JerryPH No longer a newbie, moving up!

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    Don't take it personally, happens t me sometimes too. Usually in the mornings when wherever this server is hosted, is making backups or something.

    To the OP, you do not use the camera's meter to setup your lighting in a studio setup, it is totally manual. As Mike said, you can use an external meter, or just take a picture and look at the histograms if your camera supports it, or the LCD screen on the camera to approximate more.

    One hint that I suggest that you do is to learn to take notes about different setups that you develop and like.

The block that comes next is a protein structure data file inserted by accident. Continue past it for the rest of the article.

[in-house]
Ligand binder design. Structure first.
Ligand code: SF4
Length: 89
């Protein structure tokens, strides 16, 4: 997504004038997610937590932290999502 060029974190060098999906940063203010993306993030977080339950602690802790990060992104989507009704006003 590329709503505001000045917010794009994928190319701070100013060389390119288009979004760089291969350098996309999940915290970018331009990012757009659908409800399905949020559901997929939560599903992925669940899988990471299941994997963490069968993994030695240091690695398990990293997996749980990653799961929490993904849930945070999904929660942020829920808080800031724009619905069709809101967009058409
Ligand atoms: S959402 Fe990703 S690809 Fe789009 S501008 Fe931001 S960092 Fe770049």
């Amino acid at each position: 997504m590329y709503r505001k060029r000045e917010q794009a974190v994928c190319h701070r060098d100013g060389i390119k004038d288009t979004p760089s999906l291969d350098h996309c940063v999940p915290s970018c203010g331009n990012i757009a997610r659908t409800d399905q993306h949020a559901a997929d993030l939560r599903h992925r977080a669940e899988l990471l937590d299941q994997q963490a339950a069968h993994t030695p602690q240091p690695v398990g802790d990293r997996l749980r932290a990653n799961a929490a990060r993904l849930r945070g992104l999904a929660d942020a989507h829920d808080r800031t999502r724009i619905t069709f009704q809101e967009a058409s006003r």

One setup example may be something like:
    Today I used 2 lights (Key light left, fill light on right), both were 3.5 feet from the subject at about 30 degree angles to camera left and right. Both flashes were at full strength, camera was set to the following:
    - shutter speed was 1/250th
    - ISO was 100
    - Aperture was F/8 on the 50mm F/1.8 lens
    - I stood back exactly 6 feet from the subject and was 2 feet to the left of center of the subject and kneeling down as they sat on the 2-foot high stool
    - You may even want to incude a picture so that you can see the effect you are trying for.

    Then when you get 5-6 or 250 of these setups, it makes it a snap to go back to a previously tested and known good configuration in a couple of minutes without needing to experiment.

    As for books I highly recommend THIS BOOK for learning about portraiture. It is simple, but very helpful.

    You also may want to spend a lot of time over at www.strobist.com for some great info. Specifically read Lighting 101 and 102.